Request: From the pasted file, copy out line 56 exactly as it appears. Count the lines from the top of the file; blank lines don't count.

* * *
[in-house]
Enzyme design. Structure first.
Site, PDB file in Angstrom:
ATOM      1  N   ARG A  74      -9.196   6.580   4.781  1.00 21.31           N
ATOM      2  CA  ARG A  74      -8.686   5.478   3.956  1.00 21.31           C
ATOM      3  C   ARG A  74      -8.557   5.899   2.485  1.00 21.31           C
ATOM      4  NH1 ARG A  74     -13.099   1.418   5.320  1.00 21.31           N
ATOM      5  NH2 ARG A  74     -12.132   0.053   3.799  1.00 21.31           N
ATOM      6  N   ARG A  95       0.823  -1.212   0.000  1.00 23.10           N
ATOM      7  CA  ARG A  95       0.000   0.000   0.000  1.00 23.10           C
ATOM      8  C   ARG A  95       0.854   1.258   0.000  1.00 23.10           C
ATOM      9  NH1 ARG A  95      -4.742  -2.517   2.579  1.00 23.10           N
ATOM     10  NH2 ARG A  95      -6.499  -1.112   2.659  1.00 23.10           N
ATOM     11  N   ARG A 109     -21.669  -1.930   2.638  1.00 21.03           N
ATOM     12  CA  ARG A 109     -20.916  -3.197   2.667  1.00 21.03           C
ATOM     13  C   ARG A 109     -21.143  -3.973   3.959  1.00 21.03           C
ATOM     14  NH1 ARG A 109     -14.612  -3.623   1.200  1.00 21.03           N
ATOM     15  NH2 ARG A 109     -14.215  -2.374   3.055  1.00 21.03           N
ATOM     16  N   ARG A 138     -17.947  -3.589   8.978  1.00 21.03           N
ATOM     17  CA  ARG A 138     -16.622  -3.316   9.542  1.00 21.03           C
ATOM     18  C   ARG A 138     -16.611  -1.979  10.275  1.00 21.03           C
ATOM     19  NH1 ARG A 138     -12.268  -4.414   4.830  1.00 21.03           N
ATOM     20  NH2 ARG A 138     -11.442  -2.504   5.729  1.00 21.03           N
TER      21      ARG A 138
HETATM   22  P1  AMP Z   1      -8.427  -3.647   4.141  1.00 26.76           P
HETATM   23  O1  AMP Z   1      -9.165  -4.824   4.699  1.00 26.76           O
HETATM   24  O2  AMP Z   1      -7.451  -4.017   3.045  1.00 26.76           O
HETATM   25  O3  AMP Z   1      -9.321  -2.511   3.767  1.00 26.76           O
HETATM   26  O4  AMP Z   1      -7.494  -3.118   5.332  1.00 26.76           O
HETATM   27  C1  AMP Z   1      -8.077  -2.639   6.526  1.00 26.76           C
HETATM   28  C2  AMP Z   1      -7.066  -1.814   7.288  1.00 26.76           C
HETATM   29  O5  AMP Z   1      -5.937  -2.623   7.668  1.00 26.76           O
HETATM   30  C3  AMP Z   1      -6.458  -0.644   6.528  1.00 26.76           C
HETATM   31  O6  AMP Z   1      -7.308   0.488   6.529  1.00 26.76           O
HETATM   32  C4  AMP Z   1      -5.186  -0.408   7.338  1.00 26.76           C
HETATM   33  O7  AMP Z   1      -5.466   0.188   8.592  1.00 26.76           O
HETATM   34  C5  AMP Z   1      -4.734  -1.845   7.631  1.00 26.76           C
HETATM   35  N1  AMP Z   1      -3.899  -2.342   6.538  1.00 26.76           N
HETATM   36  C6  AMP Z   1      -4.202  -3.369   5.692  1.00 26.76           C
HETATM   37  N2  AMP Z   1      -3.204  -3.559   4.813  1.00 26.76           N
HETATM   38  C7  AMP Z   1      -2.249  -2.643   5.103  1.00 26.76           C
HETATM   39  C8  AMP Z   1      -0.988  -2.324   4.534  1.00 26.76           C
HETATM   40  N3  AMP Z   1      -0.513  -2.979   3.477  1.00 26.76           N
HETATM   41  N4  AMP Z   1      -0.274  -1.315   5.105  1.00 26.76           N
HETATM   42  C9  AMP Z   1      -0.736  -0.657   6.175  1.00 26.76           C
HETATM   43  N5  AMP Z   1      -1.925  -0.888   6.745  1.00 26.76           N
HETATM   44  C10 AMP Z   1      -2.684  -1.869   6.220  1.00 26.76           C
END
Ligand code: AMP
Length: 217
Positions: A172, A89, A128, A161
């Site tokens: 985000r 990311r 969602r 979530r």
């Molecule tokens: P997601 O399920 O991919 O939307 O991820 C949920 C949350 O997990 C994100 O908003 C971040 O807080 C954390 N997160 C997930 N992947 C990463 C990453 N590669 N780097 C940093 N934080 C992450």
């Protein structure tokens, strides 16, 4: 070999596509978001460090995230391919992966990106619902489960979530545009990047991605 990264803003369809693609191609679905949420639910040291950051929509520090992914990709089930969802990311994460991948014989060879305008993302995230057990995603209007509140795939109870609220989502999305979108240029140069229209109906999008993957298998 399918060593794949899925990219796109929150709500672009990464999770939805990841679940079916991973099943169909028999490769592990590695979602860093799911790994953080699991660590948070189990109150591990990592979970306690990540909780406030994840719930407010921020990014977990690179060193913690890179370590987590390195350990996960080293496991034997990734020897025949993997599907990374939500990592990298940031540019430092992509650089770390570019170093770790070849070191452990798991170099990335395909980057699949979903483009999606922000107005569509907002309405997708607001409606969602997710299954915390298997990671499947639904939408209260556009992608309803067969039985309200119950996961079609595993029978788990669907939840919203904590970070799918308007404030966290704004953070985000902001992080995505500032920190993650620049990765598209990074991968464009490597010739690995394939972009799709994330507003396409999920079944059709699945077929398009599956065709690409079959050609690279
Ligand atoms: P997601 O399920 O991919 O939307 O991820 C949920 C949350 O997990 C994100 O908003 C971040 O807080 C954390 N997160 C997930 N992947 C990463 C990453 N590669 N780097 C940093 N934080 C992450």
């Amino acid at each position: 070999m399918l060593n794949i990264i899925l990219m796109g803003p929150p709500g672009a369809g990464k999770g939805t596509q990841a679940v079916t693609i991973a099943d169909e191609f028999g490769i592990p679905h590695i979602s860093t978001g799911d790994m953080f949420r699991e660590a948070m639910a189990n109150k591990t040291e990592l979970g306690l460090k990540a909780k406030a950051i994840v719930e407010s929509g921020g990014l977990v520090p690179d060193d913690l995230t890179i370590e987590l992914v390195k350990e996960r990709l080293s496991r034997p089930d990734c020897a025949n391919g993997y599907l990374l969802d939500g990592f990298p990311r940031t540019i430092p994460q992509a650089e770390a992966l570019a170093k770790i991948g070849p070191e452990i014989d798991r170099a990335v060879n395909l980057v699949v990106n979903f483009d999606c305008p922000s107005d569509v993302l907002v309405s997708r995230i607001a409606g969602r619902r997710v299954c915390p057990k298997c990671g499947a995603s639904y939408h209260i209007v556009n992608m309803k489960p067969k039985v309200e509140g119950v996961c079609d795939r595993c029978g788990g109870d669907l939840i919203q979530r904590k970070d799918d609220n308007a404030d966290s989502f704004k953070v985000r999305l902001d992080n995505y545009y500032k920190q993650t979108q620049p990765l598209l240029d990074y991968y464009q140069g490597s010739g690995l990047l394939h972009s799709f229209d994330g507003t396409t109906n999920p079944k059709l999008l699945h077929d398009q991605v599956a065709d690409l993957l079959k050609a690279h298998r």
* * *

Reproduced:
């Amino acid at each position: 070999m399918l060593n794949i990264i899925l990219m796109g803003p929150p709500g672009a369809g990464k999770g939805t596509q990841a679940v079916t693609i991973a099943d169909e191609f028999g490769i592990p679905h590695i979602s860093t978001g799911d790994m953080f949420r699991e660590a948070m639910a189990n109150k591990t040291e990592l979970g306690l460090k990540a909780k406030a950051i994840v719930e407010s929509g921020g990014l977990v520090p690179d060193d913690l995230t890179i370590e987590l992914v390195k350990e996960r990709l080293s496991r034997p089930d990734c020897a025949n391919g993997y599907l990374l969802d939500g990592f990298p990311r940031t540019i430092p994460q992509a650089e770390a992966l570019a170093k770790i991948g070849p070191e452990i014989d798991r170099a990335v060879n395909l980057v699949v990106n979903f483009d999606c305008p922000s107005d569509v993302l907002v309405s997708r995230i607001a409606g969602r619902r997710v299954c915390p057990k298997c990671g499947a995603s639904y939408h209260i209007v556009n992608m309803k489960p067969k039985v309200e509140g119950v996961c079609d795939r595993c029978g788990g109870d669907l939840i919203q979530r904590k970070d799918d609220n308007a404030d966290s989502f704004k953070v985000r999305l902001d992080n995505y545009y500032k920190q993650t979108q620049p990765l598209l240029d990074y991968y464009q140069g490597s010739g690995l990047l394939h972009s799709f229209d994330g507003t396409t109906n999920p079944k059709l999008l699945h077929d398009q991605v599956a065709d690409l993957l079959k050609a690279h298998r």